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Don't waste parts of gym floor that aren't sold I...

July 17, 2004

Don't waste parts of gym floor that aren't sold

I applaud the efforts of Burbank High School principal Bruce

Osgood to help raise money for the athletic programs by selling off

pieces of the bird's eye maple flooring that have "some

significance," for instance, the three-point line. I'm just hoping

that the remainder of the flooring has been destined for something

other than the dump.


If this is truly bird's eye maple, especially of the thickness it

appears to have in the front-page photo, then it would seem to be

possible to recycle the wood not destined for memorabilia. It could

be used as decorative flooring or paneling in city or school

administration offices, rather than purchasing new materials; or,

perhaps more simply, it could just be sold to rehabilitators of old

buildings, with the proceeds used to add to Principal Osgood's

"trophy wood" receipts. As I understand it, building materials from

the past are often no longer available, and rehabbers or restorers

should find an unusual wood like bird's eye maple to be worth a quite

a few dollars.

Some years ago, I worked for a company in receivership. Before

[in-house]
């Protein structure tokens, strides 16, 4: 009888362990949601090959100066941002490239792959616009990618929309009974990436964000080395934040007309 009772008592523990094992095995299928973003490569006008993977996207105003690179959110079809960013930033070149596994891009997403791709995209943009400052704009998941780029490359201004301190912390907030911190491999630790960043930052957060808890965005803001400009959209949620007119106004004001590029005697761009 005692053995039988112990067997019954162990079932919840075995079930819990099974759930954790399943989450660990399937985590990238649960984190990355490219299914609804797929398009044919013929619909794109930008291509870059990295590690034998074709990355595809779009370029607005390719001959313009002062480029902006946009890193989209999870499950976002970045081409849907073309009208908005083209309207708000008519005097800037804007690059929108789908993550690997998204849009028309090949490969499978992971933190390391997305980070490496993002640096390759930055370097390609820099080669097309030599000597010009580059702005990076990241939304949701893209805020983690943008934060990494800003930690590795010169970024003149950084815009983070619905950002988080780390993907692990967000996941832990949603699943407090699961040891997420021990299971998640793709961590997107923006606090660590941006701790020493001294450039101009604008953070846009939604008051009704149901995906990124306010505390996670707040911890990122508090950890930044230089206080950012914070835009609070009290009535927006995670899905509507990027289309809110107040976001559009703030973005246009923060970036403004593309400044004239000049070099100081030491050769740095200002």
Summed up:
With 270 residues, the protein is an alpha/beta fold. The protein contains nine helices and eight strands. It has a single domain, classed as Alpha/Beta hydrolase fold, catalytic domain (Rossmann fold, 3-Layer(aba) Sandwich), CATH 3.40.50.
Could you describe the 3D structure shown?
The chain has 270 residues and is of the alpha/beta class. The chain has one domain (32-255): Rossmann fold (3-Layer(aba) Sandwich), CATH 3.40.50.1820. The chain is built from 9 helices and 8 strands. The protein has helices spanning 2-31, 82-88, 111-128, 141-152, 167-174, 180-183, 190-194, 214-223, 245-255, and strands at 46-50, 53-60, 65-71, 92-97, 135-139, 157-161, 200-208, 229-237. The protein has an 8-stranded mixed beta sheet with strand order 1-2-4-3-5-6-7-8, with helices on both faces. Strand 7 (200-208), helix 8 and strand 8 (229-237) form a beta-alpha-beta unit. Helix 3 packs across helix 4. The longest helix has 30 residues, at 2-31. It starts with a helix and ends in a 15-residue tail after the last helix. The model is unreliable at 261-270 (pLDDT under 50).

they could sell their headquarters, they were obliged to pay for the

removal of asbestos. The executive floor was paneled almost

exclusively in golden oak, book-matched on all hidden cupboard doors,

and about a half- inch thick. No one thought about selling the wood

to restorers, and so it went to the dump. My grandfather taught me a

love of beautiful woodworking, and I almost cried to think about the

waste of some craftsmen's dedication in cutting, matching and

installing the beautiful, 12-foot-tall panels.

Is it too late for Burbank to try saving resources and adopting

this additional way of adding to the school district's funds?

Barbara Buchanan


Many possible reasons

for noise complaints

I felt compelled to write regarding Lorraine Bellis-Mark's letter

("Only the few and the mute welcome at Mountain View," June 23).

While I agree that children and parks, go together like ice cream

and cake, and that a park is a great place to play, questions abound.

I don't know the age of the lady who became furious with the

children making noise at the park. However, I can surmise that this

lady is very noise sensitive -- why else would she complain about a

group of children at play? The bigger question at hand is why she is

noise sensitive.

Ms. Bellis-Mark doesn't take any other possibilities into account.

I'm going to play devil's advocate. Maybe when the woman bought the

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